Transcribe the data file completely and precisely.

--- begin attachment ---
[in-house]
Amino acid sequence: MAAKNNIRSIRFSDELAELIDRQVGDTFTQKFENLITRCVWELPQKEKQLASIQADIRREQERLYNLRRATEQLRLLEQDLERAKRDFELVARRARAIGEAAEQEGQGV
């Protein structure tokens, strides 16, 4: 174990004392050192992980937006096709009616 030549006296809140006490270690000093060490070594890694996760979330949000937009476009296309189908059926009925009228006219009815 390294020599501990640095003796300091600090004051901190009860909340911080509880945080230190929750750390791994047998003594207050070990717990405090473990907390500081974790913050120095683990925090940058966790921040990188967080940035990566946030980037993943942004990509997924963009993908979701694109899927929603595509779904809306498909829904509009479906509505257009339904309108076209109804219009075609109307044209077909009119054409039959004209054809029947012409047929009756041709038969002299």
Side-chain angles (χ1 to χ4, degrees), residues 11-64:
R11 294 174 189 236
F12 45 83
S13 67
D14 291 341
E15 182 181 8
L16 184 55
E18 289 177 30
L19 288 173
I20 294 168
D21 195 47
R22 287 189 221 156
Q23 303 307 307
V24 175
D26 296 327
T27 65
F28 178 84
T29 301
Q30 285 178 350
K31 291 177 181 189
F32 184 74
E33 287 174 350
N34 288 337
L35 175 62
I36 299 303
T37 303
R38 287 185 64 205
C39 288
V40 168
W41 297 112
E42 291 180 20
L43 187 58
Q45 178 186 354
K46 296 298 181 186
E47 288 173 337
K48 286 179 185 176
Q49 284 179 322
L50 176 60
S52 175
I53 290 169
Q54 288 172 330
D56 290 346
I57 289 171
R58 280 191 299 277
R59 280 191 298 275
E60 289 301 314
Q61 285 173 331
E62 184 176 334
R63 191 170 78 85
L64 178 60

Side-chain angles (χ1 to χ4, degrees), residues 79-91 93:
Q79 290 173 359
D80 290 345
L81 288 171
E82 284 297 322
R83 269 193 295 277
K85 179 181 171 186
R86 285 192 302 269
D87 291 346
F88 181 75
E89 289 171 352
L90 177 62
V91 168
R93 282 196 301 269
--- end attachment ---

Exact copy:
[in-house]
Amino acid sequence: MAAKNNIRSIRFSDELAELIDRQVGDTFTQKFENLITRCVWELPQKEKQLASIQADIRREQERLYNLRRATEQLRLLEQDLERAKRDFELVARRARAIGEAAEQEGQGV
């Protein structure tokens, strides 16, 4: 174990004392050192992980937006096709009616 030549006296809140006490270690000093060490070594890694996760979330949000937009476009296309189908059926009925009228006219009815 390294020599501990640095003796300091600090004051901190009860909340911080509880945080230190929750750390791994047998003594207050070990717990405090473990907390500081974790913050120095683990925090940058966790921040990188967080940035990566946030980037993943942004990509997924963009993908979701694109899927929603595509779904809306498909829904509009479906509505257009339904309108076209109804219009075609109307044209077909009119054409039959004209054809029947012409047929009756041709038969002299």
Side-chain angles (χ1 to χ4, degrees), residues 11-64:
R11 294 174 189 236
F12 45 83
S13 67
D14 291 341
E15 182 181 8
L16 184 55
E18 289 177 30
L19 288 173
I20 294 168
D21 195 47
R22 287 189 221 156
Q23 303 307 307
V24 175
D26 296 327
T27 65
F28 178 84
T29 301
Q30 285 178 350
K31 291 177 181 189
F32 184 74
E33 287 174 350
N34 288 337
L35 175 62
I36 299 303
T37 303
R38 287 185 64 205
C39 288
V40 168
W41 297 112
E42 291 180 20
L43 187 58
Q45 178 186 354
K46 296 298 181 186
E47 288 173 337
K48 286 179 185 176
Q49 284 179 322
L50 176 60
S52 175
I53 290 169
Q54 288 172 330
D56 290 346
I57 289 171
R58 280 191 299 277
R59 280 191 298 275
E60 289 301 314
Q61 285 173 331
E62 184 176 334
R63 191 170 78 85
L64 178 60

Side-chain angles (χ1 to χ4, degrees), residues 79-91 93:
Q79 290 173 359
D80 290 345
L81 288 171
E82 284 297 322
R83 269 193 295 277
K85 179 181 171 186
R86 285 192 302 269
D87 291 346
F88 181 75
E89 289 171 352
L90 177 62
V91 168
R93 282 196 301 269